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Space Sector’s Bargain List: GOG’s 2014 Fall Sale is Up

By on November 13th, 2014 1:58 pm

GoG's 2014 Fall Sale

A new GOG sale is up. As usual, they’re selling almost everything with a 50% discount, including a few daily deals which can go up to 90% off.

As always, our intro on GOG and what makes DRM-free games special.

GOG (previously known as Good Old Games) sells DRM-free games, which means that these games are really yours and there are no limits to how or where you play them. And, usually, you don’t need a third-party tool to run them. DRM-free games are more flexible and give you more freedom. No need for serials, installation activation, online verification or other enforced restrictions. Of course, copyright rules still apply, and it is assumed that you don’t pirate the games.

Next follows SpaceSector’s GOG list. What GOG has to offer on the realm of space-based, science-fiction themed and great strategy gaming.

The “must-buy” ones are the first four :) Unfortunately, we don’t have reviews for all. So, at least check GOG’s ratings before you buy. Warning: Some of these titles are quite retro. Enjoy!

Highly Recommended:

Other Space and Sci-Fi strategy deals (most at 50% off):

Other Space and Sci-Fi non-strategy deals (all at 50% off):

Other great strategy (all at 50% off):

These deals are included in GOG’s “2014 DRM-Free Fall Sale”, which has almost all of GOG’s games catalog at 50% off. The prices listed above were the ones set when the article was posted.

Note also that GOG is offering special deals each day in which they discount games even further (up to 90%) in bundles and flash deals. To make sure you receive the maximum discount, you might want to wait a bit until a particular game you’re interested in becomes available on such flash deal, or bundle deal. The sale should be up for the next couple of weeks or so.

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  1. t1it says:

    Alpha Centauri looks appropriate now that BE is becoming boring. I might strike if the game plays at a tolerable resolution and other smaller petitesses.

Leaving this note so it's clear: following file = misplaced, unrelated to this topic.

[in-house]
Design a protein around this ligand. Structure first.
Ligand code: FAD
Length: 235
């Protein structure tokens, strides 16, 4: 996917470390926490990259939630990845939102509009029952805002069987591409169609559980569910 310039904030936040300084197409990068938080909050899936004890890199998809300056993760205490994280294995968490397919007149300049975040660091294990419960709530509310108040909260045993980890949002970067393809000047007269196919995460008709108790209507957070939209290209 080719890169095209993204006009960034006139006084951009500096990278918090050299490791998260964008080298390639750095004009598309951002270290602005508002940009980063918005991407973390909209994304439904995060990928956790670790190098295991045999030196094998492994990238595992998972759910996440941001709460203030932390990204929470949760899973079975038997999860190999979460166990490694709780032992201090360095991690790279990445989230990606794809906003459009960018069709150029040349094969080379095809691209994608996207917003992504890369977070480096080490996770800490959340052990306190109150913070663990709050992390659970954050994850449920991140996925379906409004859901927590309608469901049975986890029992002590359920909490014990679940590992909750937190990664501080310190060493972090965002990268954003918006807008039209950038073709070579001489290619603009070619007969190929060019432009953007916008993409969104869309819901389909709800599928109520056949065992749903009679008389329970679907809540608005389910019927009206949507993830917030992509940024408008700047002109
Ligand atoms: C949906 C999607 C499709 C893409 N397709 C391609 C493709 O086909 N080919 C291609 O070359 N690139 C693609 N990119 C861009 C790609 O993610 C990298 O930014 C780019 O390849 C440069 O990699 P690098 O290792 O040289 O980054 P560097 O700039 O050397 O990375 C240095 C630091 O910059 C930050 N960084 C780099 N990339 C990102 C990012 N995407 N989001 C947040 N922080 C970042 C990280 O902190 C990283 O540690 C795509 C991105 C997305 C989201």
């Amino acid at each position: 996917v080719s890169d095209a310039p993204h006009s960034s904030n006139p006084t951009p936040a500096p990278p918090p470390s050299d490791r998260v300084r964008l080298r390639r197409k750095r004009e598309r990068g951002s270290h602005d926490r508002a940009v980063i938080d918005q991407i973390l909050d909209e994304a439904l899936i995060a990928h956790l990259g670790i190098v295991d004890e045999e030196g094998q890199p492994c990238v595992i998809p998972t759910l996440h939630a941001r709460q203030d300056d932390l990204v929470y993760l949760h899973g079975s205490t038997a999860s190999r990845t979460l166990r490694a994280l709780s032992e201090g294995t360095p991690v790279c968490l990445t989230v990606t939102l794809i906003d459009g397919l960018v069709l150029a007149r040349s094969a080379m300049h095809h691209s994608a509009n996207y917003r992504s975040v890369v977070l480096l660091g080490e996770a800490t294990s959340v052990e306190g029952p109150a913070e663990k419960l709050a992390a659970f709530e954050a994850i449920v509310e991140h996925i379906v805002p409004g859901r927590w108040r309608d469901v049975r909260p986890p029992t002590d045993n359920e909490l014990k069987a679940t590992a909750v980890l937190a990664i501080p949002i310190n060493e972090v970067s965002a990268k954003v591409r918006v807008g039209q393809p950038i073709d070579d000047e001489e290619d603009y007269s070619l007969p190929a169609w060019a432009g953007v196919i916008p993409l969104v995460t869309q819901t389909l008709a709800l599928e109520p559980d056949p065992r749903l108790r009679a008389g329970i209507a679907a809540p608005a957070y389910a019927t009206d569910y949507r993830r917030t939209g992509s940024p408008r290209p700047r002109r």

2. SQW says:

    Starpoint Gemini 2 is 50% off at gamersgate if anyone’s interested.

    Also, Farcry 3 is only $10 on steam. Seems to be much better value compare to a lot of titles on special at GOG.

    Maybe I’m more of a graphic snob than I think I am but I prefer to live the classics through my memory rather than pixels. Too many gamers are bitches to nostalgia. =P

    • Jeff P says:

      “Maybe I’m more of a graphic snob than I think I am but I prefer to live the classics through my memory rather than pixels. Too many gamers are bitches to nostalgia. =P”

      Amen. I have many of these classics, and I’m sorry to say when I re-load them on my more modern computer, the low-res graphics and esoteric UIs make them unpleasant to play. I’d rather not spoil the memory of the good times with these games by exposing their obsolescence.

    • Happy Corner says:

      I’m with you guys on this one. I have great memories of games (4X or otherwise) I played when I was younger, but it hasn’t always paid to revisit them.

      Hell, the last time I fired up fricking Master of Orion 2, the holy grail of space 4X games… I just couldn’t get into it.

      Maybe it was that I’ve already spent approximately a zillion hours playing it at other points in my life, but I also found myself missing things from newer 4X games. I wished MOO2 had intricate galaxies where it felt like SOMETHING is always happening, like Distant Worlds. I wished it had an AI with some teeth, like Galactic Civilizations. I wished it had graphical polish and myriads of specials on every other planet, like Endless Space. I wished it had different resource types and unique techs for each race, like a lot of games now. I wished it had inter-faction politics/issues and votes that you could manipulate, like Alpha Centauri. I wished that races could even have drastically different standards for which planets were habitable, like Space Empires.